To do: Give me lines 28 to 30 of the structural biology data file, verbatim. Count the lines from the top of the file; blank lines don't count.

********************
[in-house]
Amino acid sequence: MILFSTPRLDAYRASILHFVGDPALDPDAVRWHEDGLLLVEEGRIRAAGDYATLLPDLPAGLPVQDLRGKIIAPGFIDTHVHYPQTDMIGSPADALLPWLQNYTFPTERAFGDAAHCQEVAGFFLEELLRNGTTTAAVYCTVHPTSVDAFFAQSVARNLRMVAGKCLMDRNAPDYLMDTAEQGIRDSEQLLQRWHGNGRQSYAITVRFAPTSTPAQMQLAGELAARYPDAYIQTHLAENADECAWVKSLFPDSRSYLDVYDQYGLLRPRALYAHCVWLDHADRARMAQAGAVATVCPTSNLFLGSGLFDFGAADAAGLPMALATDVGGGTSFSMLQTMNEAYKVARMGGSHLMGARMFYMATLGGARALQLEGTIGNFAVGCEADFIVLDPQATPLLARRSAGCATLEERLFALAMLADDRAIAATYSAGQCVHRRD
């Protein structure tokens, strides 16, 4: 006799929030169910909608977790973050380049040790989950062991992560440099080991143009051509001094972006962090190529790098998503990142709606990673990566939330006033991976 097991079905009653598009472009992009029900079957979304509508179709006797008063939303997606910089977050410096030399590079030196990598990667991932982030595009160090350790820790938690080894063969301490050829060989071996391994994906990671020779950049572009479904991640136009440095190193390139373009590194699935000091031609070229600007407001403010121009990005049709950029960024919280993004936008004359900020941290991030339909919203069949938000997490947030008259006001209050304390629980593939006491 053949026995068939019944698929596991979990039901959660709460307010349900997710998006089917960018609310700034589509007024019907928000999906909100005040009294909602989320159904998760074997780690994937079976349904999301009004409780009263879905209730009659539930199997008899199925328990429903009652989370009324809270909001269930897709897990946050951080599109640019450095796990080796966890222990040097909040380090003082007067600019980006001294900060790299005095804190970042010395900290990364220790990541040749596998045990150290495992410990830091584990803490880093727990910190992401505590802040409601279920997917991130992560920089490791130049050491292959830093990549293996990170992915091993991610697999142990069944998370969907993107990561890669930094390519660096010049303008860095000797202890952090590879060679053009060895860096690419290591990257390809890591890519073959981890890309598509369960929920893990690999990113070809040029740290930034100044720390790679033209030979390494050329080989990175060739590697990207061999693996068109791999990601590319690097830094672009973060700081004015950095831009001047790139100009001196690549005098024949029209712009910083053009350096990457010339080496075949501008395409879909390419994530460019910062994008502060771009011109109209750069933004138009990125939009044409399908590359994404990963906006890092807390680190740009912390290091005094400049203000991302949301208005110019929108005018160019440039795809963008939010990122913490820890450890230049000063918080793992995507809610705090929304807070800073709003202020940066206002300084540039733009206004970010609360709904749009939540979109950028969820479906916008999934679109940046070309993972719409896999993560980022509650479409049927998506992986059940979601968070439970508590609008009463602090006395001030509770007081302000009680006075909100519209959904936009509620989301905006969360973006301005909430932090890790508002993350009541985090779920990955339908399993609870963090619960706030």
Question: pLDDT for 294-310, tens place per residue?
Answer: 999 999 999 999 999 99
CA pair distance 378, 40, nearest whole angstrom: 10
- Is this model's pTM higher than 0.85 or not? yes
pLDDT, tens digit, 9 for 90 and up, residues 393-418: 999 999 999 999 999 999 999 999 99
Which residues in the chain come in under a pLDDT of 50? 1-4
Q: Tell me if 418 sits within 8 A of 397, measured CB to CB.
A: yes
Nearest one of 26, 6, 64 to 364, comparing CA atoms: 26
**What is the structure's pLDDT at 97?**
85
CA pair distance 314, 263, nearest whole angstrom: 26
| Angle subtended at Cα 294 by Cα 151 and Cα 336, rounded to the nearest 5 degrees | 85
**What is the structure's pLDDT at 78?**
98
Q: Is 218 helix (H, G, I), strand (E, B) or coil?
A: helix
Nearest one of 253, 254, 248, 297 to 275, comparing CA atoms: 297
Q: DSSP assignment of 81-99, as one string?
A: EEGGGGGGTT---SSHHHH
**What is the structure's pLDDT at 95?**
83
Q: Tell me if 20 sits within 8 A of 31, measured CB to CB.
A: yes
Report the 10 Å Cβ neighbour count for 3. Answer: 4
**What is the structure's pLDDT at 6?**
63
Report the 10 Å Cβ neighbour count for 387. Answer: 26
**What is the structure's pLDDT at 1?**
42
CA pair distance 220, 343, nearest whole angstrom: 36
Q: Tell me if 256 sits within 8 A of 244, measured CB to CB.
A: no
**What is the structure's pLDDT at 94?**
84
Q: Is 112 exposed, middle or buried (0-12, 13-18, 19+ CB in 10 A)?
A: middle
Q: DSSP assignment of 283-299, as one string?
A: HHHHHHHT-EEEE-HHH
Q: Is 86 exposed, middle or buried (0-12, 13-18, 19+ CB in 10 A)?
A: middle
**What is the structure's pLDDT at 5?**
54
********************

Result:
Report the 10 Å Cβ neighbour count for 3. Answer: 4
**What is the structure's pLDDT at 6?**
63